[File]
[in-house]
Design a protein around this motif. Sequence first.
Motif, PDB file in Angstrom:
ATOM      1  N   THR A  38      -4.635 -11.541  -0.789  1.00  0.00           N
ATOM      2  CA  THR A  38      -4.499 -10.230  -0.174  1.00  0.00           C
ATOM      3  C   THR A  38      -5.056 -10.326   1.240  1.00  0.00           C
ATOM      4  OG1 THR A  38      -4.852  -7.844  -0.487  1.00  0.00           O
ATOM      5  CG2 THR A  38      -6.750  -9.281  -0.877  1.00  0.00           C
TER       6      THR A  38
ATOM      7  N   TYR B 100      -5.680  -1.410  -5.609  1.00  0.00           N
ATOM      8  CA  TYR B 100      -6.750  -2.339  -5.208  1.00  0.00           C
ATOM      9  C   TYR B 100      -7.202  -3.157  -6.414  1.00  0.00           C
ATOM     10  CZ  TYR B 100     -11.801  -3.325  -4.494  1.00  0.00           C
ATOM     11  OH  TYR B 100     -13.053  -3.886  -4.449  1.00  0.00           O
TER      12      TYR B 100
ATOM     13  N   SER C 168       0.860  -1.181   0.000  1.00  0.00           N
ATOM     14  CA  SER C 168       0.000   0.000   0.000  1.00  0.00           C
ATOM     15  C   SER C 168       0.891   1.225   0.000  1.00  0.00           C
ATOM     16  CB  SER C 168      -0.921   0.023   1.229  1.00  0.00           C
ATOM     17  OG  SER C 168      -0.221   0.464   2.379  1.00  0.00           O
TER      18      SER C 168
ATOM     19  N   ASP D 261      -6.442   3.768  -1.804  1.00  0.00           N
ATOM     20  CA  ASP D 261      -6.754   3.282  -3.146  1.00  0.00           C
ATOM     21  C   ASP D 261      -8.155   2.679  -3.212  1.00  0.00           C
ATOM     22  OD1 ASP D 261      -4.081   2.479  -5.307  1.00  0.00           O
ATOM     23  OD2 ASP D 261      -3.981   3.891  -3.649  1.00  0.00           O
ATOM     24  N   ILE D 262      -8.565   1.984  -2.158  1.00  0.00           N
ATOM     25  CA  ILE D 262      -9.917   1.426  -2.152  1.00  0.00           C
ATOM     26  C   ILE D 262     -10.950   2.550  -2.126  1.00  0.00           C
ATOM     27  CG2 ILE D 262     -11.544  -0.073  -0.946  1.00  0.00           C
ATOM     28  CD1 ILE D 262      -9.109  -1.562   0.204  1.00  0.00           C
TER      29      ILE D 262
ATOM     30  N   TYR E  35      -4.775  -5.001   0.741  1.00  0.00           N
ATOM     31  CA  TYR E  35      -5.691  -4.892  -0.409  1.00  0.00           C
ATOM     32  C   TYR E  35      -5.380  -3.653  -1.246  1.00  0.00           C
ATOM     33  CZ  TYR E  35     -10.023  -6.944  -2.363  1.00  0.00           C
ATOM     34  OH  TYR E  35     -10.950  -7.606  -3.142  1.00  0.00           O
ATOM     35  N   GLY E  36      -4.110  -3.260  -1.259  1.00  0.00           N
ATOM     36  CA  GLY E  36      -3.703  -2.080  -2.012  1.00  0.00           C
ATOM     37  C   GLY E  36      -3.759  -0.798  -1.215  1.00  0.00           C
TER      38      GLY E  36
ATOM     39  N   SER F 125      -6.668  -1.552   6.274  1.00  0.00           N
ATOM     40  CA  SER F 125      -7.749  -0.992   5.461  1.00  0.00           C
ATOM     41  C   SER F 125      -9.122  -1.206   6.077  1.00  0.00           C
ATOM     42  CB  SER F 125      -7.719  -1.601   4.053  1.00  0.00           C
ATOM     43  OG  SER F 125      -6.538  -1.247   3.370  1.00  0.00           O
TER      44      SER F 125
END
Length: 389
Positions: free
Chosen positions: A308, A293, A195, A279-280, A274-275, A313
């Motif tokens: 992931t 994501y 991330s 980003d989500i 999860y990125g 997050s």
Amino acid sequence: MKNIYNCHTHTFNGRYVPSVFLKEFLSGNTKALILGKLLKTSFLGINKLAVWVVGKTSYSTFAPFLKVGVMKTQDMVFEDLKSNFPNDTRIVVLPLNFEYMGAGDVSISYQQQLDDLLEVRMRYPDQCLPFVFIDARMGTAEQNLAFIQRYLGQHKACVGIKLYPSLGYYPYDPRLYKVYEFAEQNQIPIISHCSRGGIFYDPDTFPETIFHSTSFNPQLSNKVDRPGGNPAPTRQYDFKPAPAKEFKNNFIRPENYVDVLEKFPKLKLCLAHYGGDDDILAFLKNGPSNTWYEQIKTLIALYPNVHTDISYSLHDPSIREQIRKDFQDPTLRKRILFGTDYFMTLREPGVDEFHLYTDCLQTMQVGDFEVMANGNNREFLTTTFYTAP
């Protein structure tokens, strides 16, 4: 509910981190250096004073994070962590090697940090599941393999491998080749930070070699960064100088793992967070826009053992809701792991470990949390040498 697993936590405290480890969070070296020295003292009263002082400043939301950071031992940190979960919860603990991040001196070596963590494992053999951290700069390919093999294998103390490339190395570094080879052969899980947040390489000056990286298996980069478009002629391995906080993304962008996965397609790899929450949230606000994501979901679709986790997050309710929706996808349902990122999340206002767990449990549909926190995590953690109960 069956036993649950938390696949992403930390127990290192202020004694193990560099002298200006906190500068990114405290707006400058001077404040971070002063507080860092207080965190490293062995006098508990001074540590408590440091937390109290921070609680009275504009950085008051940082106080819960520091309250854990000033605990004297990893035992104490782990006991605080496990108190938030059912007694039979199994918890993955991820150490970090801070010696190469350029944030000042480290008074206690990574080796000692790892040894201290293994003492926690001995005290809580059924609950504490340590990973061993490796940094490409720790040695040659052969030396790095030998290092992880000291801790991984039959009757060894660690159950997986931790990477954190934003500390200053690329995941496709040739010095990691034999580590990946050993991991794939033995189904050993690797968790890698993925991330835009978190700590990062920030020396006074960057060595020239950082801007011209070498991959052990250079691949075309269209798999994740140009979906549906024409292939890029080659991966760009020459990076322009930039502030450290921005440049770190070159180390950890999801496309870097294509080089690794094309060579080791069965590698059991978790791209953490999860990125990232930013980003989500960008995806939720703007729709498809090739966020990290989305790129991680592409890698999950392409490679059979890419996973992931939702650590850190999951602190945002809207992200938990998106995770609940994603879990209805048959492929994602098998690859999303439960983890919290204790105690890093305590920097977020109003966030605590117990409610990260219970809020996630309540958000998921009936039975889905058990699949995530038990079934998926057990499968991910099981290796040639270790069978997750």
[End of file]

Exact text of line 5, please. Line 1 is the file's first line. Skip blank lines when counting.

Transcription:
ATOM      2  CA  THR A  38      -4.499 -10.230  -0.174  1.00  0.00           C